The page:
Today was a good day, travel-wise. The sun was shining all day, and the only road work I ran into was about 40 miles from my destination. I had a bit of a wait – on the two lane highways they have to make one lane stop and wait until the highway gods decide it’s the other side’s turn. It works pretty well, especially if you just settle down, turn off the ignition, and be patient. Then it’s just a mild irritation.
I left Missoula and the best motel I’ve stayed in so far at about 8 am. When I checked in the night before and saw the cleanliness and newness of the bathroom, paricularly the tub/shower, I brought in all my supplies for a leisurely shower including the razor and gel for my legs. I have been gaining an hour every other day or so, and my sleep habits haven’t quite caught up to the time zone I’m in. That’s why I always get an early start, but then I love the early stops as well.
The drive through Lewiston, OR was a piece of cake; through Clarkston wasn’t quite as easy, and Walla Walla was a mess, but that was mostly because of the GPS and its directions. I do not like the way they announce street names. It might be fine if you are driving around a big city, but when you just want to get through quickly, it seems like following the route signs is much easier. I don’t want to look for Court Street, just tell me that it’s Route 12 I am following. I gave Lee the Aussie a fit when I left Missoula this morning, and finally had to add a way point to get him to stifle it. US 12 West was 1 block away from my motel but he wanted to route me to the nearest interstate, and after about 10 miles of recalculating I had composed a sizzling letter to Garmin about it. I didn’t write it down, of course, so I have forgotten it by now.
Readers of this blog may remember that I drove some miles on US 12 through western Montana, N. Dakota and S. Dakota on my way to NY. I wanted to do more of it on the way back. At least a year ago and it may have been 2 years ago, I was enthralled by the blog of Diana, Life on the Open Road, as she described her travels across US 12. Those who read her know she usually travels with a group, so they have many stops and good fun along the way, and that trip was no exception. I almost veered up to Helena to see the state capitol building that she described. Now I plan to go back and re-read her blog entries for that trip and this time I will be familiar with some of the places she mentions. I plan to drive that route several more times, and next time I hope to stop more often.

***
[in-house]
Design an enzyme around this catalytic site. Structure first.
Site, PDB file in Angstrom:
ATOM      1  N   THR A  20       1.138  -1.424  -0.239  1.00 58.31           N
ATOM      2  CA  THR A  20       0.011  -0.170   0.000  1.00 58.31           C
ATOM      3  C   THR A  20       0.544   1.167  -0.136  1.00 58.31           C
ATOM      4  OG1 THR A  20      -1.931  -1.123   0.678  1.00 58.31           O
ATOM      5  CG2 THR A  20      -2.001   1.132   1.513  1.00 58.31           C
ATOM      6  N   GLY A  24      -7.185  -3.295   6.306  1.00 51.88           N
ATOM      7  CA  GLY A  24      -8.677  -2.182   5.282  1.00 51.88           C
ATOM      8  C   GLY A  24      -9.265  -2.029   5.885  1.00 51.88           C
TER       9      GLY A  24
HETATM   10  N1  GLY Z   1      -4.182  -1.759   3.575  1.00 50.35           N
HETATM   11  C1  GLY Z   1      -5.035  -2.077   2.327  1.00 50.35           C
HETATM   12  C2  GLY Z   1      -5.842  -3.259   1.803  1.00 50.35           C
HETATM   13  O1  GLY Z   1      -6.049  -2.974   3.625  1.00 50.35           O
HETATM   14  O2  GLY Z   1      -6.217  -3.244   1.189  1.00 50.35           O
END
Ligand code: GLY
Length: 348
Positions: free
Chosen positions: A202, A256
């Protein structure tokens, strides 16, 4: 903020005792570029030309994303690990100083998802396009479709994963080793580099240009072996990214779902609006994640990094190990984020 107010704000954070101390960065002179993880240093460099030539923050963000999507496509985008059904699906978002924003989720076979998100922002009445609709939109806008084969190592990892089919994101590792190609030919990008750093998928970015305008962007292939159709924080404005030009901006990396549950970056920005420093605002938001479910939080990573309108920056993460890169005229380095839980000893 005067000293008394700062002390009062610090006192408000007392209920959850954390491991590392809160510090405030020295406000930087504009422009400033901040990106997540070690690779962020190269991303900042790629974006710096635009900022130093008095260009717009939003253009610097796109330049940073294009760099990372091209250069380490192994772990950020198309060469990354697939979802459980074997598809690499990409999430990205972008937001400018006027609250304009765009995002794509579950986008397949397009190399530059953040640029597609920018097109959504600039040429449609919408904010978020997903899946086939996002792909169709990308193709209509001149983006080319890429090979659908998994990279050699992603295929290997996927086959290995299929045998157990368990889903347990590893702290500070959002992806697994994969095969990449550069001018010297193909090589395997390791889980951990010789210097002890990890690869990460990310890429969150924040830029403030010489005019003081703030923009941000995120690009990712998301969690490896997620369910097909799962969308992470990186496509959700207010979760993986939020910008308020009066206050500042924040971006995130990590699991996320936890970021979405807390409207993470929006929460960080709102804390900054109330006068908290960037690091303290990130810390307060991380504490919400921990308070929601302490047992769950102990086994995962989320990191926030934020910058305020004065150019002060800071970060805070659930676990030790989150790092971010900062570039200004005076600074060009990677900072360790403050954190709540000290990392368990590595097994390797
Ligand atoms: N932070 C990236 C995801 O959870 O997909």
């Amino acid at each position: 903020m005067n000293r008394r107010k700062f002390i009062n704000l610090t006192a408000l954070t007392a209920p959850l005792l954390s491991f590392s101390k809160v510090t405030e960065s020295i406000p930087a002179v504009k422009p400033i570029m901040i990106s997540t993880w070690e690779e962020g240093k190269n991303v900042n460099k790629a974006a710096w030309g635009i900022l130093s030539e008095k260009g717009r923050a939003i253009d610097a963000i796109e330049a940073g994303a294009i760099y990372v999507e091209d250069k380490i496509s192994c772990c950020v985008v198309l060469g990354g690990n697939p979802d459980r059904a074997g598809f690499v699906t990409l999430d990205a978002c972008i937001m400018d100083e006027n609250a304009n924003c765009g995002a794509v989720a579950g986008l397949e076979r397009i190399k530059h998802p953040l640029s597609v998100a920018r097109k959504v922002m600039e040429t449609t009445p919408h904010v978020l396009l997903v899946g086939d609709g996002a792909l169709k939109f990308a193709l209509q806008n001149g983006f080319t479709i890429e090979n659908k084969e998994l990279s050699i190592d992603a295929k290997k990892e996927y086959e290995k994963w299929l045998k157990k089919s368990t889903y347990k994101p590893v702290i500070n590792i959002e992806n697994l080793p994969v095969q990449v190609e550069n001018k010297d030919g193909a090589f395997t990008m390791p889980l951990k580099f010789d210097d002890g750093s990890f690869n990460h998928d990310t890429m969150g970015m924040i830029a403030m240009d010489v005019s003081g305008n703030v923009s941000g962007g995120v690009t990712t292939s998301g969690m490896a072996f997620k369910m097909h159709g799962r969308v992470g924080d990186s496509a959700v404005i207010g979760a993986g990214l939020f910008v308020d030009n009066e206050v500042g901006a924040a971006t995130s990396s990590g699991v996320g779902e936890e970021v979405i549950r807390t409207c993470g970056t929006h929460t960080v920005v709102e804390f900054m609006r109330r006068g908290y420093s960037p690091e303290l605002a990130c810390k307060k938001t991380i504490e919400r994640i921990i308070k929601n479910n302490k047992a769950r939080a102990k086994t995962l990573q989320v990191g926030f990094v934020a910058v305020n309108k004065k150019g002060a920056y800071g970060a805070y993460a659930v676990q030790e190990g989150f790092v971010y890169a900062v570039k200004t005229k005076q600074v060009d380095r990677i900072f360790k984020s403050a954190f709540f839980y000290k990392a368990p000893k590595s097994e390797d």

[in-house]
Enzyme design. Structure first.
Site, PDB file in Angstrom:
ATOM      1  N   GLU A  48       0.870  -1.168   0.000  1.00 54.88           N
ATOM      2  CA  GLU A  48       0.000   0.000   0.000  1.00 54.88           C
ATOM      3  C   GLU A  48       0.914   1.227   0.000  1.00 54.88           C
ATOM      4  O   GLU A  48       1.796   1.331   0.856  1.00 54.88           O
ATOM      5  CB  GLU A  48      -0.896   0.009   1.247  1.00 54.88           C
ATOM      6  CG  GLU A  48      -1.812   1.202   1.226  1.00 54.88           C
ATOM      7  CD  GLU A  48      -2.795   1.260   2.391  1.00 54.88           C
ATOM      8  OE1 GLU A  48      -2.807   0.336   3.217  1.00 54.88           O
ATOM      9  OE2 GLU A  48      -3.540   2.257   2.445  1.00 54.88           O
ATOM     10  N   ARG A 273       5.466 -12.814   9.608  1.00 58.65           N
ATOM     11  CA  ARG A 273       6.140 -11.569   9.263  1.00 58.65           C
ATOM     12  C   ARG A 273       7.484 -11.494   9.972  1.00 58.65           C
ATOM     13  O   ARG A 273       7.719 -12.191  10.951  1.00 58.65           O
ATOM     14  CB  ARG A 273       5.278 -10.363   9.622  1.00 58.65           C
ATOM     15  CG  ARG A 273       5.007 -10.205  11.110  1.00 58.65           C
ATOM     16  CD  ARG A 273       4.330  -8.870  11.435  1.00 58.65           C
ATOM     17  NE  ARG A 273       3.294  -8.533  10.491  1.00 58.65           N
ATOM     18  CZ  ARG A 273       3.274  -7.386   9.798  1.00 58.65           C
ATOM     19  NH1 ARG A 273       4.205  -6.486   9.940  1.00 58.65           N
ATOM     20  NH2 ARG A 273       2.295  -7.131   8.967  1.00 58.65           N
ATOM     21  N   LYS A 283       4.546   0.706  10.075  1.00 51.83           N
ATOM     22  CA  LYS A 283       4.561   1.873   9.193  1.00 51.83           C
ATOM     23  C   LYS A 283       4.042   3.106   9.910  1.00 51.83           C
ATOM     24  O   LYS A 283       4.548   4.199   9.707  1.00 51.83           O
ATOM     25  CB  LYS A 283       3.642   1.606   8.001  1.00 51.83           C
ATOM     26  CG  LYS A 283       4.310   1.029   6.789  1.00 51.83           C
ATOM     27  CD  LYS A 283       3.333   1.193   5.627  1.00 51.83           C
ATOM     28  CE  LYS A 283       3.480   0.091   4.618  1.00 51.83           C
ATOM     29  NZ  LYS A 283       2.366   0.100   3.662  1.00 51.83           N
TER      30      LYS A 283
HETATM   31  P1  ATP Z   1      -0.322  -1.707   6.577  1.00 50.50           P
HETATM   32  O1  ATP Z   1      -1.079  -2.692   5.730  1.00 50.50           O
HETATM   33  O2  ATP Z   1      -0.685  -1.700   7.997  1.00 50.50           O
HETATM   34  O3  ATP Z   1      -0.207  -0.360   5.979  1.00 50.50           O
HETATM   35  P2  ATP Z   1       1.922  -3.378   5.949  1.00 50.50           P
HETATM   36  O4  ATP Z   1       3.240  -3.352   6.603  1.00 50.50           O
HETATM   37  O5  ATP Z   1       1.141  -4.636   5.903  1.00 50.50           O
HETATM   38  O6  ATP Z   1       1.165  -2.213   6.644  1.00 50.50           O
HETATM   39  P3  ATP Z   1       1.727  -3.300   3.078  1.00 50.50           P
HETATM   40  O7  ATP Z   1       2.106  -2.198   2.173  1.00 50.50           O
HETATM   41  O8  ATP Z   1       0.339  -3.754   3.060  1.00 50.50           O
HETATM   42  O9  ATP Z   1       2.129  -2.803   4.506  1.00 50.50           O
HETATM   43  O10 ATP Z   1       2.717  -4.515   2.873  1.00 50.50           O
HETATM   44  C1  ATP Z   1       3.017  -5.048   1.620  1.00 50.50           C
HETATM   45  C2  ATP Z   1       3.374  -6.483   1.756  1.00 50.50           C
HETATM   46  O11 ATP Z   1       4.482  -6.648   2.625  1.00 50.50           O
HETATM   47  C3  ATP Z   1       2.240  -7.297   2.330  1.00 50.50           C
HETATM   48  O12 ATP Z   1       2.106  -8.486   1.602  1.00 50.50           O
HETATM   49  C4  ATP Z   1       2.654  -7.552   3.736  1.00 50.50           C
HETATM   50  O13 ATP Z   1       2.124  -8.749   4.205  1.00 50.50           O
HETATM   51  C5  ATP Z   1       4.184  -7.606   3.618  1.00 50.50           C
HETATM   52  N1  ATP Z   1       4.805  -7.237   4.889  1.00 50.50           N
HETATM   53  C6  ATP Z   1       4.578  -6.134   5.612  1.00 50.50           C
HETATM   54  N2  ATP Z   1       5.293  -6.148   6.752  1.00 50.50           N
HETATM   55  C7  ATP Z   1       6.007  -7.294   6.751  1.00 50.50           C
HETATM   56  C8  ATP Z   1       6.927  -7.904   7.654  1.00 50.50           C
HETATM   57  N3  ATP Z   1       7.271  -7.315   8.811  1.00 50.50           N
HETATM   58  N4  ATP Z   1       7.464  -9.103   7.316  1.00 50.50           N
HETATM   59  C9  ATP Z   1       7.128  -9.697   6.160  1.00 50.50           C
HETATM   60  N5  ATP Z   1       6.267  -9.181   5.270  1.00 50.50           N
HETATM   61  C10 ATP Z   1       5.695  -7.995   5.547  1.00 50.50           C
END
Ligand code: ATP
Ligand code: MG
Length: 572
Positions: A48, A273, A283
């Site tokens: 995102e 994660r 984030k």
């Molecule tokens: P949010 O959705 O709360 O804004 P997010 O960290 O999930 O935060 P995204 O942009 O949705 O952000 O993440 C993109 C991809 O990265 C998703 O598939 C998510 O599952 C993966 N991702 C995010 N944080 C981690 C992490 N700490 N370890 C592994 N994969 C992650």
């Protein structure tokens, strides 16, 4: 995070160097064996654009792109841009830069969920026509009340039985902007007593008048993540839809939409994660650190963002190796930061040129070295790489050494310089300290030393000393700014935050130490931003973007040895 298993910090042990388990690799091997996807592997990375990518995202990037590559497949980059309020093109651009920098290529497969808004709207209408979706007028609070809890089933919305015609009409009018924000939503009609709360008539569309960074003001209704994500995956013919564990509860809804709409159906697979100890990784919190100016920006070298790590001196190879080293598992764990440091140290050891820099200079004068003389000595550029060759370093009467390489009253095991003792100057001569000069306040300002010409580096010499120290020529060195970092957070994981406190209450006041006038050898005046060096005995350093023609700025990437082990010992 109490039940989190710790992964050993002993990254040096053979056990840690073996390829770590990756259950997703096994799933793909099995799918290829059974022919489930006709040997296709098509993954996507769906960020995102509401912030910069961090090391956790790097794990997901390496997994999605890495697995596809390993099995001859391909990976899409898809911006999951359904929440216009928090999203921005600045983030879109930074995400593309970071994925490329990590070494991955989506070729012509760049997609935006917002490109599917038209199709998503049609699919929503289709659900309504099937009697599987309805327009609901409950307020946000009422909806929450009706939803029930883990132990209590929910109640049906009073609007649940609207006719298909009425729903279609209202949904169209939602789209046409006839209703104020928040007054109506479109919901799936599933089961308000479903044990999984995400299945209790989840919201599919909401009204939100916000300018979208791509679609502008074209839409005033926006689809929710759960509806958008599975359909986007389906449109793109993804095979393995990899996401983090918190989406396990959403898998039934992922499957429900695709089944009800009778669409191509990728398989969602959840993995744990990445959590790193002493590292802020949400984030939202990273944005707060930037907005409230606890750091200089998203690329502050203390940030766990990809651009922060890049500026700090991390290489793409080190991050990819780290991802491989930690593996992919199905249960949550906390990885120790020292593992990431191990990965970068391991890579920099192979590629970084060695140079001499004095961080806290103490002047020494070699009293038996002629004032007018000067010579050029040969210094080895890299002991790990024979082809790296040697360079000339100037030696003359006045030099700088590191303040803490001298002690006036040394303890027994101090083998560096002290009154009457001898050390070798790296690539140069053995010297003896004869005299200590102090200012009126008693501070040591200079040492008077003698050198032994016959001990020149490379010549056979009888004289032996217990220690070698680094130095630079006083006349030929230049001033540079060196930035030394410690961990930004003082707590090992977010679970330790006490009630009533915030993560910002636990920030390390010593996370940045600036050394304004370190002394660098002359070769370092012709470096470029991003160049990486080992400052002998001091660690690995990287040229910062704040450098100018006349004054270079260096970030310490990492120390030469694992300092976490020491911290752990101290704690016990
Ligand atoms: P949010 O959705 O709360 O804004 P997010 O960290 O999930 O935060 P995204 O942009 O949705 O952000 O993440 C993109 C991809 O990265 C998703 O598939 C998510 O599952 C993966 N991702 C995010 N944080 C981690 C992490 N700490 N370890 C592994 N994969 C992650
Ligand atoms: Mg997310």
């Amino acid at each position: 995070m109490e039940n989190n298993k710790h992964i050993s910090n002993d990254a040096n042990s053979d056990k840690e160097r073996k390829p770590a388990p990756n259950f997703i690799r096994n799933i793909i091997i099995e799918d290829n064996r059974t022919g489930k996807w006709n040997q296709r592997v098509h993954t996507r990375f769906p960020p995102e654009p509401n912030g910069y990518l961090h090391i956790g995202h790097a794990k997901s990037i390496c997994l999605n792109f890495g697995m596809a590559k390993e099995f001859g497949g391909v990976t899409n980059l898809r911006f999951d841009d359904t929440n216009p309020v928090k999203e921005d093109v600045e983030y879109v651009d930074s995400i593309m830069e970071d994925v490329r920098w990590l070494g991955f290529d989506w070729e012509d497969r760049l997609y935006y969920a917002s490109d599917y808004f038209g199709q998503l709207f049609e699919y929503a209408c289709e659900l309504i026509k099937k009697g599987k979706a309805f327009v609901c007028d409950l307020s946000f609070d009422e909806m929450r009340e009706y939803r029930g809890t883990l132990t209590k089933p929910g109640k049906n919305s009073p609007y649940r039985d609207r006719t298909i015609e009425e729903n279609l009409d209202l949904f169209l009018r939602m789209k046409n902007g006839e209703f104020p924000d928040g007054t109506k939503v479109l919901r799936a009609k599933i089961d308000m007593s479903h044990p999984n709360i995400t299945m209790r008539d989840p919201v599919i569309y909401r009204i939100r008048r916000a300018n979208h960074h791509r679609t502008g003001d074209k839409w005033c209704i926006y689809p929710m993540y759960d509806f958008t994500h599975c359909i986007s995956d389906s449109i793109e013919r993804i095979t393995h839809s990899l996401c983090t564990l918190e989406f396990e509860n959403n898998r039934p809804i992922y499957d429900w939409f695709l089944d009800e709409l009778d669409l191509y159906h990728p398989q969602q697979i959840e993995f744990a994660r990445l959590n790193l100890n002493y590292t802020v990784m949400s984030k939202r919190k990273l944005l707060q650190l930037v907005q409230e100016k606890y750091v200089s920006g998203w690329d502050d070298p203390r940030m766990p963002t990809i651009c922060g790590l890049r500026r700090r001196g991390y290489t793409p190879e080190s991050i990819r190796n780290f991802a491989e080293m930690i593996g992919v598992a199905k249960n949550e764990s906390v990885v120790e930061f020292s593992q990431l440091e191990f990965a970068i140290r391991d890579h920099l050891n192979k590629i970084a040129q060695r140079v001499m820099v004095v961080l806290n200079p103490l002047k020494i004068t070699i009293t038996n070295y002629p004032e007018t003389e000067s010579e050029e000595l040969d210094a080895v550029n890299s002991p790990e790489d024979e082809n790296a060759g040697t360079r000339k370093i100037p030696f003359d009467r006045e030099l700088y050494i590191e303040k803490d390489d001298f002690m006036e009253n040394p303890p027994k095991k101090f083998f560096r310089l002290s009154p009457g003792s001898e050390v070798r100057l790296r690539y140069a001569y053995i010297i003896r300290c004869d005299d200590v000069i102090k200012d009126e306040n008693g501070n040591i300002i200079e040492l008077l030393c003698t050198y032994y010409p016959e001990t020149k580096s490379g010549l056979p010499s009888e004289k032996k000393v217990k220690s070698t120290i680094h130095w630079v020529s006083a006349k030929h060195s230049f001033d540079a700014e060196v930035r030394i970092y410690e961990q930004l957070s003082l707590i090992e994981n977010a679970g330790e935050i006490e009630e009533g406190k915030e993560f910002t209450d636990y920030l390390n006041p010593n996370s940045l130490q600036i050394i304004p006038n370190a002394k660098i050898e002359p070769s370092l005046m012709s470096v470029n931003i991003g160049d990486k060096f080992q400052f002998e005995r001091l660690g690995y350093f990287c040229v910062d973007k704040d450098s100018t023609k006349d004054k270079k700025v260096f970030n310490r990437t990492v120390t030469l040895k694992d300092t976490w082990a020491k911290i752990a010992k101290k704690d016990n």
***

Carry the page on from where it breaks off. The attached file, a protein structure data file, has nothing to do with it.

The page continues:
A few readers have commented that I drive too many miles and don’t take it easy enough. I started off the trip trying to slow down, and I did to a great extent. Two things have speeded me up – I am paying from $40 to $60+ a night for motels, and I am tired of handing out that kind of money. But another reason is my need for a cornea transplant on my right eye. I hope when I’m healed from that I can see much better. It is difficult to drive some times, although I manage to drive in little or no traffic, and follow safe driving practices that everyone should follow – keep to the speed limit, leave plenty of room between you and the vehicle in front of you, and stop when you’re tired. I have done very well with it, and maybe next time I will have a camper of some sort so that I don’t have the outrageous motel costs.
AND, I have always believed that people should hike their own hike – or in this case drive their own drive. I’m not a museum goer nor a sightseer. There are places I would like to stop at but most of the time lack the incentive without someone to share it with. That’s the way I do it, and I’m happy enough with it.
There were lots of pull-outs today, but sometimes there is no scenery when you get there. These were taken from Missoula to Lewiston – a very winding road. I arrived before there was any traffic to speak of and had a really pleasant drive. I wouldn’t recommend it for anyone who gets carsick from twisting and turning. You may guess I hate to pass a creek without snapping a picture.
These were taken from Walla Walla down to Pendleton. I am always amazed at Eastern Oregon, as I think rainforest, lush, and green when I hear Pacific Northwest. Eastern Oregon looks like another planet sometimes. The brown hills are probably much like California’s – they would be emerald green during the rainy season.